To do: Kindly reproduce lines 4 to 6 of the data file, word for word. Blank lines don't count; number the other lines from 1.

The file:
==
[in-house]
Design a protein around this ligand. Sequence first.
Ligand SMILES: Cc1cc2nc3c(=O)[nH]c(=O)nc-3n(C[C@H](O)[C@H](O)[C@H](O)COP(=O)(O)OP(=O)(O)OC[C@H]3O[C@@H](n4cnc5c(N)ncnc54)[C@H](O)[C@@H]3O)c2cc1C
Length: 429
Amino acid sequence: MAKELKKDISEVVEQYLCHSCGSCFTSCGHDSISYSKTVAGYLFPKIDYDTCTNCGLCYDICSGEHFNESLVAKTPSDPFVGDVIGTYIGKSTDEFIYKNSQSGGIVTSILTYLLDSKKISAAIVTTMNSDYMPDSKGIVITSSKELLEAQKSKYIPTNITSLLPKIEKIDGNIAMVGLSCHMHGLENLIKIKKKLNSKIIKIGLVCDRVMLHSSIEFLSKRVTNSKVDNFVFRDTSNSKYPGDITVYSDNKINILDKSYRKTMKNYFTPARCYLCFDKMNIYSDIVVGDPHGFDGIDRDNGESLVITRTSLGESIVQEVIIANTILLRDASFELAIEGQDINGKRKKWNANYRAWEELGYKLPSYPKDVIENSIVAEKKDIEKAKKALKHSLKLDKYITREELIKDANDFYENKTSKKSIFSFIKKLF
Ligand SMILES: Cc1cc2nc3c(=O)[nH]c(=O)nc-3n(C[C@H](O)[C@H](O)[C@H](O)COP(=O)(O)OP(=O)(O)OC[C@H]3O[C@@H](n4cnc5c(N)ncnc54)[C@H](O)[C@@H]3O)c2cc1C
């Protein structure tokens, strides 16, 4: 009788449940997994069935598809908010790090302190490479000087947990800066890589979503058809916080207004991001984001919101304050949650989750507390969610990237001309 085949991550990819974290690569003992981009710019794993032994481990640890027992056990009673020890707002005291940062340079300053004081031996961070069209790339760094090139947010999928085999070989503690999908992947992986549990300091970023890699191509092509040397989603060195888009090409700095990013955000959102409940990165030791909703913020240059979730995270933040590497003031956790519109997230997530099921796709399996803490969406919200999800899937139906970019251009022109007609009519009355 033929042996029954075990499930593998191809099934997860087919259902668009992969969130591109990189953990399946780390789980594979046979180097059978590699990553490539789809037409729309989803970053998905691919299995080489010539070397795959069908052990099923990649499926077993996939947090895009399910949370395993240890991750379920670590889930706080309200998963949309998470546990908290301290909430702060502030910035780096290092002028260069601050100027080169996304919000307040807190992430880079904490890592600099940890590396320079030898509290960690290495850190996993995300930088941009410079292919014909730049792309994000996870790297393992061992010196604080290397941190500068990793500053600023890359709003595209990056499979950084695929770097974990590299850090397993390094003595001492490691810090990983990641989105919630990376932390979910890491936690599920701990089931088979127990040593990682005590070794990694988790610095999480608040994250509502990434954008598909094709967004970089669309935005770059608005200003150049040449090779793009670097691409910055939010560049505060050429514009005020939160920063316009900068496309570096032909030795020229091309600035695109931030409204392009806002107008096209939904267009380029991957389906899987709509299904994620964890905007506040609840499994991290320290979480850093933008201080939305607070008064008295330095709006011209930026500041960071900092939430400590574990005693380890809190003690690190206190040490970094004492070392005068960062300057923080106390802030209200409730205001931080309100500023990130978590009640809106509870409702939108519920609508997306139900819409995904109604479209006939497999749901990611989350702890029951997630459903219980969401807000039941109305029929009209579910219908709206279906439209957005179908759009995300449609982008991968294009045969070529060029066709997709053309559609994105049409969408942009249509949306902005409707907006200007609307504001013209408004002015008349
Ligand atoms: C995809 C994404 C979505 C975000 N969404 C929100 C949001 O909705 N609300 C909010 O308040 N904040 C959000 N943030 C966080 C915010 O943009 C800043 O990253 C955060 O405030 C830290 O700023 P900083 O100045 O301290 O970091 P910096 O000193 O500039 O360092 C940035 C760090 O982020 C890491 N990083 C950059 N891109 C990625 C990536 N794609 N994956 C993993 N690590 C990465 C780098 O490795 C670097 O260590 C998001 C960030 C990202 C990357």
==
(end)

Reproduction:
Length: 429
Amino acid sequence: MAKELKKDISEVVEQYLCHSCGSCFTSCGHDSISYSKTVAGYLFPKIDYDTCTNCGLCYDICSGEHFNESLVAKTPSDPFVGDVIGTYIGKSTDEFIYKNSQSGGIVTSILTYLLDSKKISAAIVTTMNSDYMPDSKGIVITSSKELLEAQKSKYIPTNITSLLPKIEKIDGNIAMVGLSCHMHGLENLIKIKKKLNSKIIKIGLVCDRVMLHSSIEFLSKRVTNSKVDNFVFRDTSNSKYPGDITVYSDNKINILDKSYRKTMKNYFTPARCYLCFDKMNIYSDIVVGDPHGFDGIDRDNGESLVITRTSLGESIVQEVIIANTILLRDASFELAIEGQDINGKRKKWNANYRAWEELGYKLPSYPKDVIENSIVAEKKDIEKAKKALKHSLKLDKYITREELIKDANDFYENKTSKKSIFSFIKKLF
Ligand SMILES: Cc1cc2nc3c(=O)[nH]c(=O)nc-3n(C[C@H](O)[C@H](O)[C@H](O)COP(=O)(O)OP(=O)(O)OC[C@H]3O[C@@H](n4cnc5c(N)ncnc54)[C@H](O)[C@@H]3O)c2cc1C